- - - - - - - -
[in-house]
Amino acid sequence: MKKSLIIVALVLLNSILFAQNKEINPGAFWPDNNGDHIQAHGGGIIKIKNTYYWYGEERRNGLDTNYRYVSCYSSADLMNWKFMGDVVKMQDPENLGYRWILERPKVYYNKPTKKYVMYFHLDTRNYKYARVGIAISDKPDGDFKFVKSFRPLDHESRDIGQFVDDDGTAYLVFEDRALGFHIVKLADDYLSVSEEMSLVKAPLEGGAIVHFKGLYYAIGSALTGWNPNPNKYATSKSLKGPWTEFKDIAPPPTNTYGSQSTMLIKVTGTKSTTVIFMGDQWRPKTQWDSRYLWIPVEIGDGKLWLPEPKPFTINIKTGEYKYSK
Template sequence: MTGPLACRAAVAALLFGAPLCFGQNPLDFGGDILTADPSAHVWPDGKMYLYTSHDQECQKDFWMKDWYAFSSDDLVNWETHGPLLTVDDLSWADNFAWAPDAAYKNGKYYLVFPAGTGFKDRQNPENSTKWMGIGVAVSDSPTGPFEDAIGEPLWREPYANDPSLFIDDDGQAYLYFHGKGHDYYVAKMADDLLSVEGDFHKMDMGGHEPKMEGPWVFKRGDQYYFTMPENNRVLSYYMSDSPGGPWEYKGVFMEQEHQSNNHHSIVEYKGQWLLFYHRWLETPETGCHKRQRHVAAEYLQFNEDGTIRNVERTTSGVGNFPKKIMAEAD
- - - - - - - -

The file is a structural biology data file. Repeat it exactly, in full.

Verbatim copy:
[in-house]
Amino acid sequence: MKKSLIIVALVLLNSILFAQNKEINPGAFWPDNNGDHIQAHGGGIIKIKNTYYWYGEERRNGLDTNYRYVSCYSSADLMNWKFMGDVVKMQDPENLGYRWILERPKVYYNKPTKKYVMYFHLDTRNYKYARVGIAISDKPDGDFKFVKSFRPLDHESRDIGQFVDDDGTAYLVFEDRALGFHIVKLADDYLSVSEEMSLVKAPLEGGAIVHFKGLYYAIGSALTGWNPNPNKYATSKSLKGPWTEFKDIAPPPTNTYGSQSTMLIKVTGTKSTTVIFMGDQWRPKTQWDSRYLWIPVEIGDGKLWLPEPKPFTINIKTGEYKYSK
Template sequence: MTGPLACRAAVAALLFGAPLCFGQNPLDFGGDILTADPSAHVWPDGKMYLYTSHDQECQKDFWMKDWYAFSSDDLVNWETHGPLLTVDDLSWADNFAWAPDAAYKNGKYYLVFPAGTGFKDRQNPENSTKWMGIGVAVSDSPTGPFEDAIGEPLWREPYANDPSLFIDDDGQAYLYFHGKGHDYYVAKMADDLLSVEGDFHKMDMGGHEPKMEGPWVFKRGDQYYFTMPENNRVLSYYMSDSPGGPWEYKGVFMEQEHQSNNHHSIVEYKGQWLLFYHRWLETPETGCHKRQRHVAAEYLQFNEDGTIRNVERTTSGVGNFPKKIMAEAD